implement large bandwidth provisions regardless of the supposed "unfair"
interconnection agreements. NZ's position should be to actively argue that
the current arrangements should not be changed rather than passively opt for
the status quo.
(vi) Unless interconnect agreements mandate a flat 50% share of the
costs, the asymmetry of the traffic means that non-US connectors would still
pay the lions share.
(vii) Since 90% of the end user cost is attributed to local access cost
issues can be addressed locally without recourse to expensive international
There were no comments strongly opposed to the draft but there were some
cautionary comments and a number of questions. My interpolated comments are
(viii) There was some surprise expressed at the high proportion of the cost
to the end user being attributed to the local loop quoted in my initial
commentary. (It should be noted that this is over the APEC area and in NZ's
case is likely to be lower but the actual figure is not known for NZ). It
was also pointed out that the proportion of the international traffic cost
to the ISP well be much higher than for an end user since they are paying a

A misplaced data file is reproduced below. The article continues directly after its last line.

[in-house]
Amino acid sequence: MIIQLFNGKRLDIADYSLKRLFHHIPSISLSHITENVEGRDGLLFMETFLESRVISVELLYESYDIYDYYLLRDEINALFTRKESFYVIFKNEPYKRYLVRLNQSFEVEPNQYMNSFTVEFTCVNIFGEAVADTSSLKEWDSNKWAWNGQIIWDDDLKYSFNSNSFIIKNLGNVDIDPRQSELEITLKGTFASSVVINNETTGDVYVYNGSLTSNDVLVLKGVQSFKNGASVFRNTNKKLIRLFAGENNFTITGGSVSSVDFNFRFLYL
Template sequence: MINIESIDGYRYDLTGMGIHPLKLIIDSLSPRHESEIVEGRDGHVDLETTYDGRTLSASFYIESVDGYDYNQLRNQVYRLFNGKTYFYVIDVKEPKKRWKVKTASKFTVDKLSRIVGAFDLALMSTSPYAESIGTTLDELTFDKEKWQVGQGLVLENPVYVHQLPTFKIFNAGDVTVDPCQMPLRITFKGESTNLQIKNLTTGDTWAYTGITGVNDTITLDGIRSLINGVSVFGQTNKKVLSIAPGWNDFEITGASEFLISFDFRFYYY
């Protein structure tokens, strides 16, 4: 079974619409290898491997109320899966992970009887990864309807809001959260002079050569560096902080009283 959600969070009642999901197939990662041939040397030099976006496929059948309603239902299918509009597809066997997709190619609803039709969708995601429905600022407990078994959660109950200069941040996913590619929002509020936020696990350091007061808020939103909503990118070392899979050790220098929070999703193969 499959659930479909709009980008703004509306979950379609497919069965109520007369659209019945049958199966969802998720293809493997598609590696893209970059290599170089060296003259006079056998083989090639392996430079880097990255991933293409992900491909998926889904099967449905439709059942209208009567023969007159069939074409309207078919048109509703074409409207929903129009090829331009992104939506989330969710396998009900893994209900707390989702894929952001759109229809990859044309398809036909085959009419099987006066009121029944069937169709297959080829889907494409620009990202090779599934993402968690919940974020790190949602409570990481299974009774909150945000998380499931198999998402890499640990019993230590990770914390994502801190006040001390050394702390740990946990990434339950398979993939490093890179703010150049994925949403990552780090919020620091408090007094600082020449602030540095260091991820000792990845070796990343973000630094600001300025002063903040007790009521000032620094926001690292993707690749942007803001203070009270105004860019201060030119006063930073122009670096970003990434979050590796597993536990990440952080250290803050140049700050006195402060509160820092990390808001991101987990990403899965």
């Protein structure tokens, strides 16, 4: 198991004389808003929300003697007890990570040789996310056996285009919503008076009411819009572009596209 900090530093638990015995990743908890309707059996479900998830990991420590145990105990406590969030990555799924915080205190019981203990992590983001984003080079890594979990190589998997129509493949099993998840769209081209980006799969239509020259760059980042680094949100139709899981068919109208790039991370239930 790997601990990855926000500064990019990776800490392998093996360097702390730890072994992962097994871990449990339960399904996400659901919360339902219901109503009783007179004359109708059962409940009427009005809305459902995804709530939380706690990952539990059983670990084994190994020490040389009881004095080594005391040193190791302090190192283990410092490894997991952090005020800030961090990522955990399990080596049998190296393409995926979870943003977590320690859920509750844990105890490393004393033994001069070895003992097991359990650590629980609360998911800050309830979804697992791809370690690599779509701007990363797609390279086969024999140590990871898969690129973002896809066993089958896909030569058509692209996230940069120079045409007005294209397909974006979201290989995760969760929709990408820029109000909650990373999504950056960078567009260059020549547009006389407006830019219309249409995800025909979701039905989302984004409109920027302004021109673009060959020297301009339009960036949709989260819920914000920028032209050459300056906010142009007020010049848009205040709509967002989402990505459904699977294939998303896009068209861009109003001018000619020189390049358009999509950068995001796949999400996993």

smaller part of the cost of the local loop. Very late in the preparation of
this commentary, Neil James provided the following figures for Otago
University: LAN (local loop) 57%; National 4%; International 39%. (These
figures are probably a reasonable attribution of the costs faced by a
NZ-based ISP rather than an end user, if so, costs to end users in NZ for
international connectivity are substantially higher than the 3% measured for
the APEC area as a whole. This reflects the relatively lower overall local
loop cost in NZ than is the case for the APEC area as a whole.)
(ix) Whether the current situation has limited growth or not is surely
only part of the equation. The other part of the equation must be 'are we
paying a fair proportion of the costs?'.